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In Conversation – Achiever


Defying glass ceilings – and cancer – with grit

Gopali Contractor
Managing Director – Artificial Intelligence Practice, Accenture in India

Defying glass ceilings – and cancer – with grit

Gopali Contractor

Managing Director – Artificial Intelligence Practice, Accenture in India

When I look back at my journey—overcoming acute Lymphoblastic Leukemia, reinventing my career after a break and leading Accenture’s Artificial Intelligence team—sheer grit and positivity helped me raze every hurdle, succeed and get this far.

After graduating as a mechanical engineer from the Maharaja Sayajirao University of Baroda, I wanted to take a shop floor job, design equipment and basically be in the thick of things. Despite solid credentials, I was only landing marketing jobs in my kitty. The standard response: “Women can’t take the shop floor job.” Without succumbing under pressure, I turned down these job offers and moved to Mumbai to study computer science and advance my training in bharatanatyam – in hindsight, this turned out to be the best decision ever.

I started off my professional career with an on-campus job in Mumbai for a year, established myself as a trained classical dancer and moved to the United States with my husband.

Everything was working out just fine – until that fateful day changed my life.

Battled the cancer in the American dream

Circa 1996. I was at the World Trade Center for a job interview when I felt short of breath and collapsed in the lobby. I was rushed to the New York Presbyterian Hospital and asked to undergo multiple tests. The next few weeks were daunting. The bone marrow test results revealed I was diagnosed with Acute Lymphoblastic Leukemia. The whole world around me was crashing down, yet I had just one question to ask the doctors, “Will I ever become a mother?”

Over the next two years, I mostly stayed at home and underwent chemotherapies. Everything was a lot of harder—whether it was looking in the mirror or working out my relationship. But I kept myself positive through exercising, in my limited capacity, and cooking.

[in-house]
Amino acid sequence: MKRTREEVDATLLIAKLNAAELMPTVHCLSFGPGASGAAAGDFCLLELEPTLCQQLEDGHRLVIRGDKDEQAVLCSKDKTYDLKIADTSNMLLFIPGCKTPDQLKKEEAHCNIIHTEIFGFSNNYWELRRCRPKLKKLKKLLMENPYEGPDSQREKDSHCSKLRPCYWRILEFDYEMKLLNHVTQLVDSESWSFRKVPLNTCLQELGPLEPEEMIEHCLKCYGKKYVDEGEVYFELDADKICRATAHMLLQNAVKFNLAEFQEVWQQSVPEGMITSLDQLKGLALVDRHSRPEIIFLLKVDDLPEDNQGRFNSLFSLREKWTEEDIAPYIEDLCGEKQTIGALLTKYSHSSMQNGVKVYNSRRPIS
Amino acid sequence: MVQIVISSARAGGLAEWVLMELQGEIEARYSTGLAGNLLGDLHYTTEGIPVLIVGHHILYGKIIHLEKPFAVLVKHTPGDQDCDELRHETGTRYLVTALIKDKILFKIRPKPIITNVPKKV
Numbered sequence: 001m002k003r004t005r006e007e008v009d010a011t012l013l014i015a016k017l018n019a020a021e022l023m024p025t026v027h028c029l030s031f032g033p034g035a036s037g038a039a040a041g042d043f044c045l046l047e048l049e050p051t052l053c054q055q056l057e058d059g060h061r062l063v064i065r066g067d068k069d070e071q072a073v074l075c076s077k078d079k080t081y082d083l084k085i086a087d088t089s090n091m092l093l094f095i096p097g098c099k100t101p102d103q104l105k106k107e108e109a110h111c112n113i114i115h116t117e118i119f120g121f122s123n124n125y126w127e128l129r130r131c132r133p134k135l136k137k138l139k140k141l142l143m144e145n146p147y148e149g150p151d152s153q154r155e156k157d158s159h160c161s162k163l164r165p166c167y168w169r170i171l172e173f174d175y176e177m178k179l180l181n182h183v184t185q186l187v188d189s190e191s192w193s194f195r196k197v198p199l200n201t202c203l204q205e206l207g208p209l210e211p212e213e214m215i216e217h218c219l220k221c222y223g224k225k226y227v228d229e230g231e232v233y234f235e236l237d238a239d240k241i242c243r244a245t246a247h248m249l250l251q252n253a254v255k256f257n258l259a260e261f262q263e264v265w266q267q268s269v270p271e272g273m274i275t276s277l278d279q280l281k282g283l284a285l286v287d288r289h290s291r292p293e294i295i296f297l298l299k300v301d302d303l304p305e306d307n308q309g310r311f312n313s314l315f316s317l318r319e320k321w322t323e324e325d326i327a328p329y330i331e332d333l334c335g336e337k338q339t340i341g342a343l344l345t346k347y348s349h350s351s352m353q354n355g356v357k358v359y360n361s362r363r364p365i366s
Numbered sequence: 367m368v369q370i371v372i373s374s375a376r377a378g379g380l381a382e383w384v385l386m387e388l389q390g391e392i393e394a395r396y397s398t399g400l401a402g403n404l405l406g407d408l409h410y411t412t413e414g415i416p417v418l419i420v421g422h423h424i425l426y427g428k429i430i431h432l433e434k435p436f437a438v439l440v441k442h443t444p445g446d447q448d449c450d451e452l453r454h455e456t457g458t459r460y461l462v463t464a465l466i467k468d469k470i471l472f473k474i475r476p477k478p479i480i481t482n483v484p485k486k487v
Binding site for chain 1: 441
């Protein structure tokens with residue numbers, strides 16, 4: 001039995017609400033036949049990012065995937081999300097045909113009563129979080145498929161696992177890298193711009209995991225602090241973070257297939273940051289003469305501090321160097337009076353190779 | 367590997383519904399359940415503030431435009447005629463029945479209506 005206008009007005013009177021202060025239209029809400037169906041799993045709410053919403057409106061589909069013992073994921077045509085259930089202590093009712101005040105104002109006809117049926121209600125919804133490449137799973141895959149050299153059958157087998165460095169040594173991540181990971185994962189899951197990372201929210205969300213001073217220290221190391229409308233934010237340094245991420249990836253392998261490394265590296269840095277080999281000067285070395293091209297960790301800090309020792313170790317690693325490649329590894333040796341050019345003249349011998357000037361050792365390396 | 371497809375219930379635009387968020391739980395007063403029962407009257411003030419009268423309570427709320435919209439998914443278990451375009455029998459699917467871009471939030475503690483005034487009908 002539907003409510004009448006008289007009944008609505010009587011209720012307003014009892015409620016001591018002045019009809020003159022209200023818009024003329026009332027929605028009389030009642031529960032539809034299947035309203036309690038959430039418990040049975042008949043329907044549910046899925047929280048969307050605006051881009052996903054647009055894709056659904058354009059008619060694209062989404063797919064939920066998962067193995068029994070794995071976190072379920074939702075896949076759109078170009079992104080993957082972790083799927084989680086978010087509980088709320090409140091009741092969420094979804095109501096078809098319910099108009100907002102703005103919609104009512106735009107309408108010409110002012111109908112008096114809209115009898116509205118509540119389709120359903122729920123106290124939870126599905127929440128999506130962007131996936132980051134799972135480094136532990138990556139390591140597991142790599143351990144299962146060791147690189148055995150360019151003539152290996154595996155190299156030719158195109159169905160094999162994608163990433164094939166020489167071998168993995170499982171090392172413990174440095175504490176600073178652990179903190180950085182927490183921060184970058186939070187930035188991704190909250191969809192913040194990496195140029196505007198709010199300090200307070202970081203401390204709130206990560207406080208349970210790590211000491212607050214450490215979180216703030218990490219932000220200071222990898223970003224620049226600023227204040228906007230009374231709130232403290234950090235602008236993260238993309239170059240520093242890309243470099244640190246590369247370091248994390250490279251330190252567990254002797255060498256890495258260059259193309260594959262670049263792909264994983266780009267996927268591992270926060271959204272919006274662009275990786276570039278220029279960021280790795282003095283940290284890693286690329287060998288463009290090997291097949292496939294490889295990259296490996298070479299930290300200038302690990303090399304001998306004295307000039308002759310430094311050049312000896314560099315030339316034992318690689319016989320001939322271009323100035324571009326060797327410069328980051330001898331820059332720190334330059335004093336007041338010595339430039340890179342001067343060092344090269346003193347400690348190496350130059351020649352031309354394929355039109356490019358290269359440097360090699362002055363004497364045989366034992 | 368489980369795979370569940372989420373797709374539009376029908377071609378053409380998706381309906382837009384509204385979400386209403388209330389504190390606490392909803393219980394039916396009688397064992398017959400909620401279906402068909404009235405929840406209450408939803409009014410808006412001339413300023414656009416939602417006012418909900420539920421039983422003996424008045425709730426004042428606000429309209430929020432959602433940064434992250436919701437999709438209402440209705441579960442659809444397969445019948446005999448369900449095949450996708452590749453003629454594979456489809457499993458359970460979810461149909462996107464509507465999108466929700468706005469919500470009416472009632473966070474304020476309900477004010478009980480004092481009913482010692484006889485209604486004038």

Luckily, my chemo was successful. It was time to pick up where I had left off.

Newfound love for Data

1999 was my phoenix year – I had to prove myself, not to the world, but to myself. I got back to Wall Street, learnt a new programming language and joined JP Morgan. Over the next few years, I also went on to work for Merrill Lynch and Furman Selz and MetLife. At MetLife, I discovered my passion for data and developed my data architecture and warehousing skills. With a renewed passion to live and work, I aced the skill in no time. I was flying high and enjoying every bit of it.

Maternity – a career break, not a full stop

Given there was only a one percent chance of conceiving after chemo, it was no less than a miracle that I gave birth a healthy boy in 2002. I decided to work part-time with MetLife and enjoy this new phase in my life. When I had my second baby boy in 2006, I decided to quit work and come back when I’m completely ready.

Four years had passed by, and my boys were older now. I was desperate to get back to work. The big question was – were my skills were still relevant? The IT industry had evolved rapidly in these years, and I no longer had the skills to match the new job roles in the market.

So, I took up the role of a business analyst with a startup. Here, I learnt every new skill—including cloud computing, data mining and machine learning—and proudly filed my first patent. In the next two years, I worked hard, stayed passionate and became the chief technology officer of the company.

I was back, and how!

Let the Accenture adventure begin!

It had been 18 years since I had lived or worked in India. But my boys and I were thrilled to be back home. Between settling my boys in a new country and going through a divorce, I started a new chapter at Accenture.

Back then, I was the only woman in our Advanced Technology Architecture team. Within the first month of my joining, Bhaskar Ghosh, Group chief executive—Accenture Technology Services, asked me to build a ticket resolution system using Watson. I had never seen or heard about Watson before, but that didn’t stop me from learning about it. I took the bull by its horns and, in a few weeks, gave a demo of the solution to Bhaskar. The rest is history. I went on to build the Artificial Intelligence practice in India from the ground up in just two and a half years. Today, we are 120 people strong, and growing.

My journey to the boardroom was not a solitary one – it was with the help and guidance of my mentors, leaders, colleagues and, of course, my amazing sons.

My older son often tells me, “Mom, you push through tough times, each time with grit and positivity” – words that guide me through my good and bad days and make it all worthwhile!


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